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Globe Editorial

High noon for cigarettes

September 7, 2008
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FIVE YEARS after Boston became a national leader in tobacco control by banning smoking inside restaurants and bars, the Boston Public Health Commission gave preliminary approval last week to new regulations that would ban sales of tobacco products at drugstores and on college campuses. The Marlboro Man may not be under a tombstone, but the public health posse is making it even more clear who runs Dodge.

The measure, which still faces a public comment period, would end the longstanding hypocrisy of pharmacies selling both the drugs to prolong life and the one product that is the leading preventable cause of death in the world. The city of San Francisco is about to become the first city in the nation to ban cigarette sales in drugstores. Much of Canada has such a ban, to dramatic benefit. Last week, the Canadian government said teen smoking since 1999 has been nearly halved, from 28 percent to 15 percent.

Barbara Ferrer, the executive director of the Boston Public Health Commission, said the action was not about being a nanny state. She said tobacco, a product with no redeeming value, belongs in the highly regulated category of guns and alcohol. "It is not enough to say eat well, exercise, and don't smoke," she said. "You have to promote the conditions that promote people taking care of themselves."

Tobacco, as its defenders like to point out, is still a legal product. But unlike candy or soda, it is intentionally addictive, and is lethal even when used as directed. Restricting its access is squarely within the public health department's mission.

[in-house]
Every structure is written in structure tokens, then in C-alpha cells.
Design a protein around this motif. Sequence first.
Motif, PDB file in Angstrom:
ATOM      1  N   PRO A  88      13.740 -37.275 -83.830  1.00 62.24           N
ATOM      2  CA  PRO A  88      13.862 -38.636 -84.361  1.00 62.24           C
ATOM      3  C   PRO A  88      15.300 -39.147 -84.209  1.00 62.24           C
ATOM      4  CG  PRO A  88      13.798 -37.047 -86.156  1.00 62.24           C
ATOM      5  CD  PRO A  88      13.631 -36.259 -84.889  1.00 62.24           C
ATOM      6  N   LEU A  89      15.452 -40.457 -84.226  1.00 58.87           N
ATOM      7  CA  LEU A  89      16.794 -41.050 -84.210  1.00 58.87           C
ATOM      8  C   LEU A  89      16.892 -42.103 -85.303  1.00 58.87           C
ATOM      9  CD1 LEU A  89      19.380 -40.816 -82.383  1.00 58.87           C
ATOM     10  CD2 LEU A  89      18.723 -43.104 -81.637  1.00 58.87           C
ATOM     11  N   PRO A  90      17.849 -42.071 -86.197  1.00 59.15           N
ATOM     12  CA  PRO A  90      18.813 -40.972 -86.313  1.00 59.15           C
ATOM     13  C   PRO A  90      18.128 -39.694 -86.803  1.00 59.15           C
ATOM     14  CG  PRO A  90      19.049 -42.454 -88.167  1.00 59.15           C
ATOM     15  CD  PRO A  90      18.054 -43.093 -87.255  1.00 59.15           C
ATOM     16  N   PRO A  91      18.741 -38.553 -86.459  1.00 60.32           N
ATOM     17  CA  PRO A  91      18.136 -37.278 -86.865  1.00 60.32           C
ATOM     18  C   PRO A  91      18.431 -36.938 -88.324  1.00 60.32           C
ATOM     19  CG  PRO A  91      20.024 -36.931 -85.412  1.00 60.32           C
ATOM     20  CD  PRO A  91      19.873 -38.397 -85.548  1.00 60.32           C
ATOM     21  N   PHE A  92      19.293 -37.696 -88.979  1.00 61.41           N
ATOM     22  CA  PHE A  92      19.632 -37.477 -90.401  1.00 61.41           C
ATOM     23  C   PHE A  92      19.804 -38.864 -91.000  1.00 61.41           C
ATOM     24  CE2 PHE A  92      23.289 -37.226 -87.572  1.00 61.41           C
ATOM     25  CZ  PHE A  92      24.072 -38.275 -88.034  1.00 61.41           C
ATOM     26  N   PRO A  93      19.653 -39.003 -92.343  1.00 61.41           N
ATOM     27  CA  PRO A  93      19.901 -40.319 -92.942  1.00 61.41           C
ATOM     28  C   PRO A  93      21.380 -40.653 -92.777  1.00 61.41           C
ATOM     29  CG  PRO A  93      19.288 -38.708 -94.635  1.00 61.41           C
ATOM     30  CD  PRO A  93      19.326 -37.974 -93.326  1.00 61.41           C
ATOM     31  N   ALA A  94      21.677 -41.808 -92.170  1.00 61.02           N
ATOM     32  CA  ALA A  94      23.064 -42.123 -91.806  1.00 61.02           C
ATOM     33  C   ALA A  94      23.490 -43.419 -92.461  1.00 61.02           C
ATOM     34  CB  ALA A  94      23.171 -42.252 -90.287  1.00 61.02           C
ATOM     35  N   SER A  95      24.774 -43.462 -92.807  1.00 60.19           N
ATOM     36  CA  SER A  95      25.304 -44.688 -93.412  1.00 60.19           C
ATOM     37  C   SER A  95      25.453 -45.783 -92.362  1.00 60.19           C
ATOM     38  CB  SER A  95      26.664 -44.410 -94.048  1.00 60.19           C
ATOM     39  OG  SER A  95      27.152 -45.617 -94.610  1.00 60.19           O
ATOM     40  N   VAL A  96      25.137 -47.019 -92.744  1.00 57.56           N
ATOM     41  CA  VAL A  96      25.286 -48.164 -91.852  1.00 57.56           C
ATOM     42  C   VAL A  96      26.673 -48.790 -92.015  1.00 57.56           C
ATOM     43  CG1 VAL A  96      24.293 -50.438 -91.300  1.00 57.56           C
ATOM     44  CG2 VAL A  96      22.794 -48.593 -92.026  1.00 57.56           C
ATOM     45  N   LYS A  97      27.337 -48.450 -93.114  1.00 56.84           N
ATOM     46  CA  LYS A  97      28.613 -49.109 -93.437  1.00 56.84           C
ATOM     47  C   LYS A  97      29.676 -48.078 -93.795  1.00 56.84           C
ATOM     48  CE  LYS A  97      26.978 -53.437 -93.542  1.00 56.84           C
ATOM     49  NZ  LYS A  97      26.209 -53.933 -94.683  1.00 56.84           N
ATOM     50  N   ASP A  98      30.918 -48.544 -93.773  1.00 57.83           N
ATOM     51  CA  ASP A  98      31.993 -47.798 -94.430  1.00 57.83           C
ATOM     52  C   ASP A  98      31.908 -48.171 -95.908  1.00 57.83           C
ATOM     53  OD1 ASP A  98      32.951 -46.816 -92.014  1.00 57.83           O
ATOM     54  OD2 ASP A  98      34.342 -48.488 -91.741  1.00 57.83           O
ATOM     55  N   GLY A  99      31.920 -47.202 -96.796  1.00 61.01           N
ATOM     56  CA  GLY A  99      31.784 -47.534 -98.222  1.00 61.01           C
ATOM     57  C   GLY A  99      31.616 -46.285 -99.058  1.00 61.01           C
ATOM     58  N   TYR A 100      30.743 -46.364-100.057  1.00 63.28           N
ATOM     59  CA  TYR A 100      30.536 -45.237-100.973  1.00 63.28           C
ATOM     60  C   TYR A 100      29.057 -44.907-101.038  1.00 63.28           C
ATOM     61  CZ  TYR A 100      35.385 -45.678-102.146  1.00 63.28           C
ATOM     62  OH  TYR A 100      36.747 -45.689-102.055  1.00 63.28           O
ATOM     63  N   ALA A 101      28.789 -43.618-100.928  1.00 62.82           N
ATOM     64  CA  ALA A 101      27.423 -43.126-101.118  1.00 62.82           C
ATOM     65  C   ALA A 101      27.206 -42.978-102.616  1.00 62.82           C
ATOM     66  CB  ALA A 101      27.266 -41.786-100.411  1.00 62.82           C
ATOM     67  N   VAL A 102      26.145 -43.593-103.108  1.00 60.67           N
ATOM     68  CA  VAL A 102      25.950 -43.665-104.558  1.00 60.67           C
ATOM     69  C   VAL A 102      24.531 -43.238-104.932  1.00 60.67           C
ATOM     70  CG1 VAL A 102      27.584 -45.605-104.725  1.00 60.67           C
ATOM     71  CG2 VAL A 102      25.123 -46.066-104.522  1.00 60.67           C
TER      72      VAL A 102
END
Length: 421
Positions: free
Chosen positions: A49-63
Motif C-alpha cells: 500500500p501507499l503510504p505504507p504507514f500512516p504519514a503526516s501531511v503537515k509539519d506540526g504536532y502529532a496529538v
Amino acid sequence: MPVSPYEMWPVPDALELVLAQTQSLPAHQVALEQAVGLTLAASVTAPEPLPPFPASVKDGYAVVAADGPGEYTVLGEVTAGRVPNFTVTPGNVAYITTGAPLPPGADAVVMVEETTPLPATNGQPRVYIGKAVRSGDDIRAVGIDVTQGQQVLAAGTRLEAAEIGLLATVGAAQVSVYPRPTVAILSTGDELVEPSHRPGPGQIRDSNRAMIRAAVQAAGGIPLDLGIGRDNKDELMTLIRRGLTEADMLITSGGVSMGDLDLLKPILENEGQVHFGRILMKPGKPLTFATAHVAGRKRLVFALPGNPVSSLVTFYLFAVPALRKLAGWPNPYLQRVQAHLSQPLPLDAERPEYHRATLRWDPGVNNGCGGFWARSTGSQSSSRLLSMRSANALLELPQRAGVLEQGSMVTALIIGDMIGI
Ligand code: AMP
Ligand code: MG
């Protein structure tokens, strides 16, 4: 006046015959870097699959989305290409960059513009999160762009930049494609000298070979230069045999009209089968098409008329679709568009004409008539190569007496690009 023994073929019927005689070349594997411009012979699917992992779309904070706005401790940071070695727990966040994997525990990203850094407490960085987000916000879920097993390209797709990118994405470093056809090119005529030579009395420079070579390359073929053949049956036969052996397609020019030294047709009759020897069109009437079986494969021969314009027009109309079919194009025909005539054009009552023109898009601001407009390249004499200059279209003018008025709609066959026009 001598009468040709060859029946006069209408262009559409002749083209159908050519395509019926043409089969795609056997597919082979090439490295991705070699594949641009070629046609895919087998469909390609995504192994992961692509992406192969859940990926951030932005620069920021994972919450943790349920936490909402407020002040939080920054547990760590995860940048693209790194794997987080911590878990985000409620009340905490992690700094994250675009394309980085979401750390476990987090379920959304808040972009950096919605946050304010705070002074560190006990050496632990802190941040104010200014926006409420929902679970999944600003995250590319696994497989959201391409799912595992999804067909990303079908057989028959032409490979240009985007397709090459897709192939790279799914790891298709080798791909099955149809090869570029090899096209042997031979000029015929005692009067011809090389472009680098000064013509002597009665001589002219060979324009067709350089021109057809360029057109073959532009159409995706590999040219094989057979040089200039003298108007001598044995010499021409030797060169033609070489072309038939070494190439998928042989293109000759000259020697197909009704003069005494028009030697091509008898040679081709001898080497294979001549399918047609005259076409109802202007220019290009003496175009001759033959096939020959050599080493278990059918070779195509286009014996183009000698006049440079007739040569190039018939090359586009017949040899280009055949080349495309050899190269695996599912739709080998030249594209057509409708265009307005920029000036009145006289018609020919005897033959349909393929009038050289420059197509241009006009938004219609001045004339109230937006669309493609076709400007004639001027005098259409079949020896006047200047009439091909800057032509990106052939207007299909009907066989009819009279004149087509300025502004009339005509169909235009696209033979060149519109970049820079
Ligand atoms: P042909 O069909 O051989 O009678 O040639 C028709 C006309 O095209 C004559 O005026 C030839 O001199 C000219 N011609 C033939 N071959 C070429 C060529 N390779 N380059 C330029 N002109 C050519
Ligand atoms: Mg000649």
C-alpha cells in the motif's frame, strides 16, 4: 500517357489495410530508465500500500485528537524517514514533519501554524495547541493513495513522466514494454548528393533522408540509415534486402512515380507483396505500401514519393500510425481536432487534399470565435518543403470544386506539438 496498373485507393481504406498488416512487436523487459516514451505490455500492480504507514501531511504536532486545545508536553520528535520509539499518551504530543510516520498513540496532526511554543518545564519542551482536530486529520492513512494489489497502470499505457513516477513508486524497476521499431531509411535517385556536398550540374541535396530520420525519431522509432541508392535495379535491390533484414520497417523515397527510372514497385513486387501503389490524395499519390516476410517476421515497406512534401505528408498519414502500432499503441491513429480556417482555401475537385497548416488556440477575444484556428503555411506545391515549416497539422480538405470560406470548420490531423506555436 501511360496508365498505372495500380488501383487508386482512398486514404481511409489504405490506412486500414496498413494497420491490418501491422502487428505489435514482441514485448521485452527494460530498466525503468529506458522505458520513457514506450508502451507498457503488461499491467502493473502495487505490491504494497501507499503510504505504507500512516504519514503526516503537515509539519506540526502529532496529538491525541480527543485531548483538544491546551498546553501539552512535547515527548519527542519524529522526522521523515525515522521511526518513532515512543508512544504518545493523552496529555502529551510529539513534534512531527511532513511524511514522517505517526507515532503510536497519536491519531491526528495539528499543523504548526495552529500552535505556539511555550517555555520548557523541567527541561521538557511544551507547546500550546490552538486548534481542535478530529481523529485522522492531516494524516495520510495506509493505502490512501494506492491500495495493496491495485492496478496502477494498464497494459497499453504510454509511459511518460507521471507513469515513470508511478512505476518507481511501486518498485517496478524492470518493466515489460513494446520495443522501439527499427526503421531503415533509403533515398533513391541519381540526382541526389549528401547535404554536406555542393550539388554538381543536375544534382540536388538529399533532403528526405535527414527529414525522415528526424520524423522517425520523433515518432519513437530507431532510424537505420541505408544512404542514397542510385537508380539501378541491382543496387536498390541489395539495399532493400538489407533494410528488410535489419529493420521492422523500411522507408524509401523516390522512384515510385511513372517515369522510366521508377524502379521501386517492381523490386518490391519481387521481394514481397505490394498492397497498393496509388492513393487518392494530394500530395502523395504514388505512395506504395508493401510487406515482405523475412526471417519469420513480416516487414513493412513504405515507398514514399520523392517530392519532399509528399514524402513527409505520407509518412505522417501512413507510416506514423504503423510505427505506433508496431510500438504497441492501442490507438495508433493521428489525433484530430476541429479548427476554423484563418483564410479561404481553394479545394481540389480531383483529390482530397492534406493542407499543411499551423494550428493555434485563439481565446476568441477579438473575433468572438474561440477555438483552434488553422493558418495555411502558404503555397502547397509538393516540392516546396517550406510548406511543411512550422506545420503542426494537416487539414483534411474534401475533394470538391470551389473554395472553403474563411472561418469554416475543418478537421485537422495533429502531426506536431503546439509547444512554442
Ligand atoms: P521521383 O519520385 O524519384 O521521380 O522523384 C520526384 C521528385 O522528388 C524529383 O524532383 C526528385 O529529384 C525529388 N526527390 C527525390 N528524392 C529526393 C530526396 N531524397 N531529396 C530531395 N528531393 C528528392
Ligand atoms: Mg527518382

The nation's top two drugstore chains, Rhode Island-based CVS and Walgreen's, showed no major sign of ending cigarette sales voluntarily. In May, Walgreen's CEO Jeff Rein told analysts, "One thing I'd like to make clear is we are definitely not becoming a healthcare company. . . . If you're going to go into a store, and you're going to see various accessories - it could be toys, it could be candy, cosmetics, it could even be cigarettes. How does that mesh with health? In many cases, it does not."

Thomas Ryan, the chief executive of CVS, has said ending the sale of cigarettes is "something we wrestle with." He told a Reuters health summit last year, "It is a conflict. We have a vision in our company to strive to improve human life and it is a challenge around cigarettes. It's a big number from a dollar standpoint." But, he added, "I wouldn't rule it out at some point."

Boston and San Francisco are ruling it out for him. It is good to see the public health posse stride down the street, unafraid of another showdown with Big Tobacco.

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